Ferguson. Mike Brown. Sexism. James Foley. Rape culture. Ezell Ford. Anita Sarkeesian. John Crawford. Fraternities. Steven Sotloff. Racism. Zoe Quinn. Misogyny. ISIS. Ray Rice. GamerGate.
I think there’s a connection between every word and name on that list. It’s tempting to treat them as though they have to do with largely disparate issues like racism, gun control, law enforcement policies, feminism, video games, international relations, national security, presidential action, terrorism etc. Or that they need to be dealt with in complete isolation of each other. But on a very basic level, they all have to do with one simple thing: how we relate to each other as human beings. When we focus on the minute specifics of the situations above, we get farther and farther away from the basic fundamental problem of how we MUST treat each other as fellow human beings.
Before any long-lasting change can take place, it seems like we need to reach some general consensus around the answers to (at least) two questions:
- Can we all agree on some basic principles that guide how every single person in the world should be treated in every single circumstance? (Regardless of their race, gender, religion, sexuality, ethnicity, skin color, age, socio-economic status, past acts, socio-political standing, family relations, job description, what you need from them, what they did to you, etc)
- Can we all agree that getting there will require us – as individuals and as a society – to change our current patterns of behavior and thoughts to better line up with those principles?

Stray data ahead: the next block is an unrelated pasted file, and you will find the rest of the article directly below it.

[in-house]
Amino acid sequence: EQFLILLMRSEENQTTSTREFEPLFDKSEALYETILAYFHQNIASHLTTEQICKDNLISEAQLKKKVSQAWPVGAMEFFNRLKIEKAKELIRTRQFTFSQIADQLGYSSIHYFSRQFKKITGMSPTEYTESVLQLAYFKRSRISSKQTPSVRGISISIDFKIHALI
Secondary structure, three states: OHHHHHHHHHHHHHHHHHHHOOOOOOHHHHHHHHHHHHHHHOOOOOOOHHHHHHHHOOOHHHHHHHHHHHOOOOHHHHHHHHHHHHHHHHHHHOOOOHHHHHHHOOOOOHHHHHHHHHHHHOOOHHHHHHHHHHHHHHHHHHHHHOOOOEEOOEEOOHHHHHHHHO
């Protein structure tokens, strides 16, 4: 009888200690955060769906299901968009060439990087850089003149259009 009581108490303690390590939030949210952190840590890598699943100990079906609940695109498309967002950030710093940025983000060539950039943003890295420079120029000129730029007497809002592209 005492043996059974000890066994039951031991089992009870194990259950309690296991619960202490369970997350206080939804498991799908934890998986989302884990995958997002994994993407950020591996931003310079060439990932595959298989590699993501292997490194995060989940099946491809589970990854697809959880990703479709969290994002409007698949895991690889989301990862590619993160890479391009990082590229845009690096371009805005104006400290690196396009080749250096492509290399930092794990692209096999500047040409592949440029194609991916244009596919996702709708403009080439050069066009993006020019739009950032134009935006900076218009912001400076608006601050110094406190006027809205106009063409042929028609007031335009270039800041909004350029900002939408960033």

To answer the first question, I think the United Nations office of the Bahá’í International Communiy NGO offers some good stuff in their definition of world citizenship as an ethic. The following is taken from a 1993 statement to the United Nations Commission on Sustainable Development titled “World Citizenship: A Global Ethic for Sustainable Development”:
World citizenship begins with acceptance of the oneness of the human family and recognition of the interconnectedness of the nations of “the earth, our home.” While it encourages a sane and legitimate patriotism, it also insists upon a wider loyalty, a love of humanity as a whole. It does not imply abandonment of legitimate loyalties, the suppression of cultural diversity, the abolition of national autonomy, nor the imposition of uniformity. Its hallmark is “unity in diversity.” World citizenship encompasses the principles of social and economic justice, both within and among nations; non-adversarial decision making at all levels of society; equality of the sexes; racial, ethnic, national and religious harmony; and the willingness to sacrifice for the common good. Other facets of world citizenship – all of which promote human honor and dignity, understanding, amity, cooperation, trustworthiness, compassion and a desire to serve – can be deduced from those already mentioned.